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Bronxville News

Art Students Discover Paths to Creative Careers
Bronxville News

A group of AP Studio Art students were treated to a behind-the-scenes experience and opportunity to explore various art-related and creative careers when they visited the offices of Vogue magazine and Ralph Appelbaum Associates on March 15. 

Organized by art teachers Marijke Briggs and Courtney Alan, the field trip was meant to inspire the students and encourage them to pursue their interests until they discover which career path they are most passionate about.

“The best part of the trip was that students realized there are many careers out there that require creative backgrounds and that there isn't just one path to get there,” Alan said. “The students were excited by the possibilities presented to them.”

During their visit to Ralph Appelbaum Associates, the students toured the world’s largest museum exhibition design firm and were exposed to a variety of architectural careers such as architect, designer, model artist, graphic designer, content editor and 3D rendering. James Cathcart, senior associate, architect and designer, shared sketches of a new museum, which is being designed in Africa with a world-renowned paleoanthropologist, about the evolution of man. In addition, John Locascio, associate and senior graphic designer, and George Robertson, associate and director of visualization and imaging, showed the students a 3D computer rendering of a proposed museum in the Bronx.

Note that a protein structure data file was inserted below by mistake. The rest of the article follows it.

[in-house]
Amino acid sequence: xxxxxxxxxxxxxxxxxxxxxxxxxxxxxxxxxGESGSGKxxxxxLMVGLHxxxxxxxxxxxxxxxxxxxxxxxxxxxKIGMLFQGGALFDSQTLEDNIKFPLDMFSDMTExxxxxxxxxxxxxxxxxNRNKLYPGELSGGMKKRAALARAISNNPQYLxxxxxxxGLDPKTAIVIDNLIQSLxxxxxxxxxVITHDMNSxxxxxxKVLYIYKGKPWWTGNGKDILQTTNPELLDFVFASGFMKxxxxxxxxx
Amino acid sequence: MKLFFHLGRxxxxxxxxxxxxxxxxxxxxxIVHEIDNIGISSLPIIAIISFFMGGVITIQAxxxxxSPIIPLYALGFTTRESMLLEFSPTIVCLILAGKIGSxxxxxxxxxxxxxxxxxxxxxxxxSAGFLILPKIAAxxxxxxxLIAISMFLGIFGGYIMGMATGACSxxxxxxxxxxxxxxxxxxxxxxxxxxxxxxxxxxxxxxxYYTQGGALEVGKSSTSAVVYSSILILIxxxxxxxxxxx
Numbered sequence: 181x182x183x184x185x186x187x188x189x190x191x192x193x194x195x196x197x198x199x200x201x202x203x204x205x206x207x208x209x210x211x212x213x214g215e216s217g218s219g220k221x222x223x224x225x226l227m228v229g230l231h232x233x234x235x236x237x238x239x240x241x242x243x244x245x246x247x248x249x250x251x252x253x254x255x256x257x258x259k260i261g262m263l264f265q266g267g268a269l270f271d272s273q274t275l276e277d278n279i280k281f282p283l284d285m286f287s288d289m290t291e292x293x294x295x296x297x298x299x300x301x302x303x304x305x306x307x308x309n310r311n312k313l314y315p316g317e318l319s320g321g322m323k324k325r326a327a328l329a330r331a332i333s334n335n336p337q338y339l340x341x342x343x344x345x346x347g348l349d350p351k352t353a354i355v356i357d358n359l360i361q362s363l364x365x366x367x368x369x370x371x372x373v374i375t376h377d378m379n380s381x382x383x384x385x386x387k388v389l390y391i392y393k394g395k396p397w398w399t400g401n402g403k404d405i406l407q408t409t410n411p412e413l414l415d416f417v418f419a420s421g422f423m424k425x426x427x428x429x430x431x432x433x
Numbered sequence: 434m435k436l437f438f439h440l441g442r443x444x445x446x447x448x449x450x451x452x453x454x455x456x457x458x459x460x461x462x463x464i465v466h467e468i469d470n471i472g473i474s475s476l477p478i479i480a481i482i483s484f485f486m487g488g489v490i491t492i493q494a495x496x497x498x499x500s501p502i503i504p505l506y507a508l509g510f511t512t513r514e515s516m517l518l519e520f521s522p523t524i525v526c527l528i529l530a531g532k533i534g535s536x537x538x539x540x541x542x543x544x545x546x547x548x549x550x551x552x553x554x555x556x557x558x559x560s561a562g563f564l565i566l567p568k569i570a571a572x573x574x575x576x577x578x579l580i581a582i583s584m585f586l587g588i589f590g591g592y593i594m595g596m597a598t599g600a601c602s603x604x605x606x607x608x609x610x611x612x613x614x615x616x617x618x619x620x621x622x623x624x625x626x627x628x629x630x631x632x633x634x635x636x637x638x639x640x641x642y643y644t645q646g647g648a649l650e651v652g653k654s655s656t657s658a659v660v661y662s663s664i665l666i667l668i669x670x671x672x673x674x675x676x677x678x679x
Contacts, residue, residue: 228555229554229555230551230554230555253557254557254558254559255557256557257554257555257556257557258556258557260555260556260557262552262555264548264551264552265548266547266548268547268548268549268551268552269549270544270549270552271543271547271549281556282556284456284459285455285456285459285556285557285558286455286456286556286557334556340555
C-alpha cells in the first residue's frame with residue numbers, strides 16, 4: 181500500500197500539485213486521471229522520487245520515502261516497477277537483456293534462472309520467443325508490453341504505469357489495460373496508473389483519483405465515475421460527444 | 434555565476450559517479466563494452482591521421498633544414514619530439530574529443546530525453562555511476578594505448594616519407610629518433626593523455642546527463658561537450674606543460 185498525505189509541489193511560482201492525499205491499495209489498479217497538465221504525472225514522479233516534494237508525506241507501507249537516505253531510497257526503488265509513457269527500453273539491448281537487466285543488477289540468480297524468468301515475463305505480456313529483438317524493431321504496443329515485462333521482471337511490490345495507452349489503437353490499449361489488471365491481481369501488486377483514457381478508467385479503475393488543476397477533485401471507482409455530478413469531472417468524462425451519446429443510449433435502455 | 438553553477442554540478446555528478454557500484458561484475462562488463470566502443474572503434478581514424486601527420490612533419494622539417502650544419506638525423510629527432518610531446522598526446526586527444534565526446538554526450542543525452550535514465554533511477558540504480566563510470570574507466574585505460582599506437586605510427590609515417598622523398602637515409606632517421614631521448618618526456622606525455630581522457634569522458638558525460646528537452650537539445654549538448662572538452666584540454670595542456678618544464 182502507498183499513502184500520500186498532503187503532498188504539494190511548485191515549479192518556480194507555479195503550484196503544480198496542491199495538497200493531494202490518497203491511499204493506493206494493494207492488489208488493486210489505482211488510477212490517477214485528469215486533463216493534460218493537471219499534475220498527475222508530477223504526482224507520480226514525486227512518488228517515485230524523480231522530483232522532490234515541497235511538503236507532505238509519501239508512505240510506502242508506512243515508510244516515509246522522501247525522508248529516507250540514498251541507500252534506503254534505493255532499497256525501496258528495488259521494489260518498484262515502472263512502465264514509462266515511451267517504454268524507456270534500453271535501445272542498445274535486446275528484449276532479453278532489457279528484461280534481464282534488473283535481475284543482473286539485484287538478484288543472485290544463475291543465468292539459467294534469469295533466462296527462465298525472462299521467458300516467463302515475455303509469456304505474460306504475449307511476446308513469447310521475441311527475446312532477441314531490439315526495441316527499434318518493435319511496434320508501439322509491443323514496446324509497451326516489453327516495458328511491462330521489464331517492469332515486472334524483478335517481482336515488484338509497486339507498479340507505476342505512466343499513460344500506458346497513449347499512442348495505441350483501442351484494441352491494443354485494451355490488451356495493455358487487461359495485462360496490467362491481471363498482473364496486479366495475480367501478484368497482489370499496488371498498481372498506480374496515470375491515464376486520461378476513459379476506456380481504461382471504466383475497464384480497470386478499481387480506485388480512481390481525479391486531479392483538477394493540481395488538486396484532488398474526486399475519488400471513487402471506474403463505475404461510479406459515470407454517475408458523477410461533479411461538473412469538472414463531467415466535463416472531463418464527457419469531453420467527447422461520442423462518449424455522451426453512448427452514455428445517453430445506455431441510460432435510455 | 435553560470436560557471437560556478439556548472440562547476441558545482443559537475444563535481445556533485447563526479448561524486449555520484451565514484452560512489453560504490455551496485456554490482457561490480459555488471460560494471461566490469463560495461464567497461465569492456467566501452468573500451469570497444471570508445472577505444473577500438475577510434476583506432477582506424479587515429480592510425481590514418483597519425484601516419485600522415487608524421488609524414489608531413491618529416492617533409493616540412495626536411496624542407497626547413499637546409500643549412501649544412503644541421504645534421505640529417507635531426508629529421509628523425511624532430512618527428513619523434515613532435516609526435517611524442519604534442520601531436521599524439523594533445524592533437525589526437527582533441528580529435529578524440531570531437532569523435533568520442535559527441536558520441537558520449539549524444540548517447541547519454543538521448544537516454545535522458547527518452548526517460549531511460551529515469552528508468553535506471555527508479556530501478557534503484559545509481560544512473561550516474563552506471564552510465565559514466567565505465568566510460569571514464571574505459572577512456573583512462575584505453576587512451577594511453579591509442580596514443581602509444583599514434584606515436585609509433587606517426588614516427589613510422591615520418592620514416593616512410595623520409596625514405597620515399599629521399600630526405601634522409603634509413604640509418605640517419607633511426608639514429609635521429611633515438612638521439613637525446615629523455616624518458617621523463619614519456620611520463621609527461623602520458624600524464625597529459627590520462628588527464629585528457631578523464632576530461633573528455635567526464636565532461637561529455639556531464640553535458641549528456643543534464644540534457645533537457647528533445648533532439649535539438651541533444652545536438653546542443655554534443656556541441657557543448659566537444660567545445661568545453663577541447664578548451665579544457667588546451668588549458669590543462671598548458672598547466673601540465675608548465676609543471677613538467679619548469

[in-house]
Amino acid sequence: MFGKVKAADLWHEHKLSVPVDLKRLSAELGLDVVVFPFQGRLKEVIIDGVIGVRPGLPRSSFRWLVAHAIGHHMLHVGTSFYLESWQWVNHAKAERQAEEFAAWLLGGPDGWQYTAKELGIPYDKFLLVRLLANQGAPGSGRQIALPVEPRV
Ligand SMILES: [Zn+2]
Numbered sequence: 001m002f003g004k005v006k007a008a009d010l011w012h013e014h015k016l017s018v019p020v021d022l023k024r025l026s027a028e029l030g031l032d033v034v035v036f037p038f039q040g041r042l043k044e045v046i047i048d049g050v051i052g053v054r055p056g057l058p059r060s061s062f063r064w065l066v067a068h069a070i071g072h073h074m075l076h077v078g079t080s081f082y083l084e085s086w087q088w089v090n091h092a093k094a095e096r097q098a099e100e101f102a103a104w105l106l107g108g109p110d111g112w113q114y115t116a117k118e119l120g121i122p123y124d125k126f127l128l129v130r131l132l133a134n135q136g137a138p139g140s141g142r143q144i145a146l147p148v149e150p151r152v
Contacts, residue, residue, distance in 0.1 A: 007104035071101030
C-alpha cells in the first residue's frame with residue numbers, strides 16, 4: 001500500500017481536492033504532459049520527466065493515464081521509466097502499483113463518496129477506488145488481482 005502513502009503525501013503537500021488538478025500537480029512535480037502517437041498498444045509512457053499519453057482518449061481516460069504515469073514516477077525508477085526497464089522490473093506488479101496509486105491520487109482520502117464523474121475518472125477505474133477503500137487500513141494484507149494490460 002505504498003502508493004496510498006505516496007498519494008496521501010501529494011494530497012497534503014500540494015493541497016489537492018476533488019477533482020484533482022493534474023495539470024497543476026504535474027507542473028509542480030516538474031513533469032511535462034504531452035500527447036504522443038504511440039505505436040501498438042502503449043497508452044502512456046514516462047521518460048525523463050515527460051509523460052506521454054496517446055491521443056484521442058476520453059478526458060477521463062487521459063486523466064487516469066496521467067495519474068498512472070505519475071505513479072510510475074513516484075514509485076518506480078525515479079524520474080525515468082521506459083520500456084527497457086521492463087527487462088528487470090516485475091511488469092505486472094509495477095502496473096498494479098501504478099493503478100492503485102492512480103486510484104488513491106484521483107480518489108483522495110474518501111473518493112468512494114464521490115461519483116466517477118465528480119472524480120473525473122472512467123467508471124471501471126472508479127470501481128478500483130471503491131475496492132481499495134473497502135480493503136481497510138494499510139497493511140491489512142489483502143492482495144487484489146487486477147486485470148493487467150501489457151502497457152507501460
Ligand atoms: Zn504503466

While at Vogue, Tim Schultheis, art director, introduced the students to different creative jobs related to magazine production, with a focus on marketing and advertising. They also heard from a creative director about his career path and toured the photo studio, where covers and features are captured. Then the students visited the research library, where they saw the first Vogue cover that had been hand illustrated. Lastly, they were treated to a 360-degree view of the city from the 64th floor of the Freedom Tower, 1 World Trade Center, the building in which the Vogue offices are located.

“It was important to expose students to various creative fields,” Alan added. “There are many jobs where they could utilize their creativity and art background.”